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Retail Madness Results: Luxury Region Goes Bust

If you missed our first post on Retail Madness, here’s a brief recap: Yottaa has developed a new measure of user experience for online apps called the Customer Experience Index (CXi). To debut the CXi, we’ve created a March Madness-style competition for the world’s top-retail companies. The winner of Yottaa’s Retail Madness tournament will be the company with the best CXi score. The Customer Experience Index doesn’t just measure performance – it weights various measures of performance against the richness of the content and adds mobile performance, as well. Read our first post for more on methodology.

This week we’ll be blogging about our four tournament “regions”: Tech, Luxury, Mass Merchant, and Kitchen Sink (a hodgepodge category including sports, industrial products, and more).

Today, we’re starting out with the worst peforming region, but also perhaps the most competitive: Luxury. This region hosts 16 of the most successful online brands in fashion and housewares. They range from more accessible fashion brands such as Gap and Abercrombie & Fitch to the truly luxurious, high-end retailers such as Saks Fifth Avenue and Neiman Marcus.

In this region, CXi scores range from 50 – 63 – both the tightest range of any region, and by far the lowest. (The possible range for this scale is from 50-100, and the other regions top performers score close to 100).

Why is that? Let’s take an example.

Estee Lauder scored the lowest, albeit by a small margin. The site is somewhat slow on desktops; the home page in particular drags down the average. (We tested the home page, a category page, and a product page for each site). But the mobile site, as we’ve measured on a 3G connection, is nearly 5x the best practice benchmark of 4 seconds for mobile.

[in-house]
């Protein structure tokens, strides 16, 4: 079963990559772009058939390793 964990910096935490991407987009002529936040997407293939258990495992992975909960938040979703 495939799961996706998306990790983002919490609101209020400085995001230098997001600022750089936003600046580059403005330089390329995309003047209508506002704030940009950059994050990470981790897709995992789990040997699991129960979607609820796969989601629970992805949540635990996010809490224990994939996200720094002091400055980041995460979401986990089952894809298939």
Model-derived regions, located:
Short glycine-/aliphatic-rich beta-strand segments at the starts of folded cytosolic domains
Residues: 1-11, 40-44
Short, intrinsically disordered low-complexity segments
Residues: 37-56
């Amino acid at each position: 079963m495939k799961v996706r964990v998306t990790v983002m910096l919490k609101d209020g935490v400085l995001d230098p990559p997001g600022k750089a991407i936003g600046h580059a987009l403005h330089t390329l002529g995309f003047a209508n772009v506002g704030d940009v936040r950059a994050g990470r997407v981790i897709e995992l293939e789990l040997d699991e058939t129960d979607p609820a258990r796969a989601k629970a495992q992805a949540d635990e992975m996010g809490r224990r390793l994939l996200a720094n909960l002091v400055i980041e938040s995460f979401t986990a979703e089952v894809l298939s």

What’s dragging the site down is a lot of excess weight, and not the good kind. We know that sites tend to be more successful and engaging when they have more images, scripts, and features, so if a site has weight in those categories it’s justifiable to a point. Estee Lauder’s site, however, is weighed down by lots of CSS, including 13 or 14 per page on the mobile presentation. The home page of the mobile site alone downloads 2.5 MB of data.

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Estee Lauder is feeling the heat in the Retail Madness tournament

In general, Estee is a good example of the luxury region as a whole. These sites prize presentation over functionality. They have a lot of style, and look great, but compared with their more utilitarian counterparts in other categories, the user experience is lacking because of the ultra-large images, CSS and other factors in eye-popping pages. In fact, one could say they’ve done well to create an experience that’s usable – Estee Lauder’s home page (pictured above) clocks in at 17 MB on desktops. That’s about 9 times the average in a field full of heavy pages!

The Retail Madness, Luxury Region Bracket Winner is LL Bean!

The winner of the Luxury Region was LL Bean, with a solid Customer Experience Index score of 64.0. Congratulations! The well-known retailer prevailed over the competitors becuase their user-centric site outperformed the other luxury brands. LL Bean had the lowest average weight for all tested pages. This proves that a lean, user-centric app will outperform flashier and function-heavy counterparts when it comes down to customer experience.

LL Bean is set to advance to the Retail Madness Final Four, but will they emerge as champions? We’ll be digging in much more in coming posts – stay tuned!

(Click here for a larger version of the bracket)

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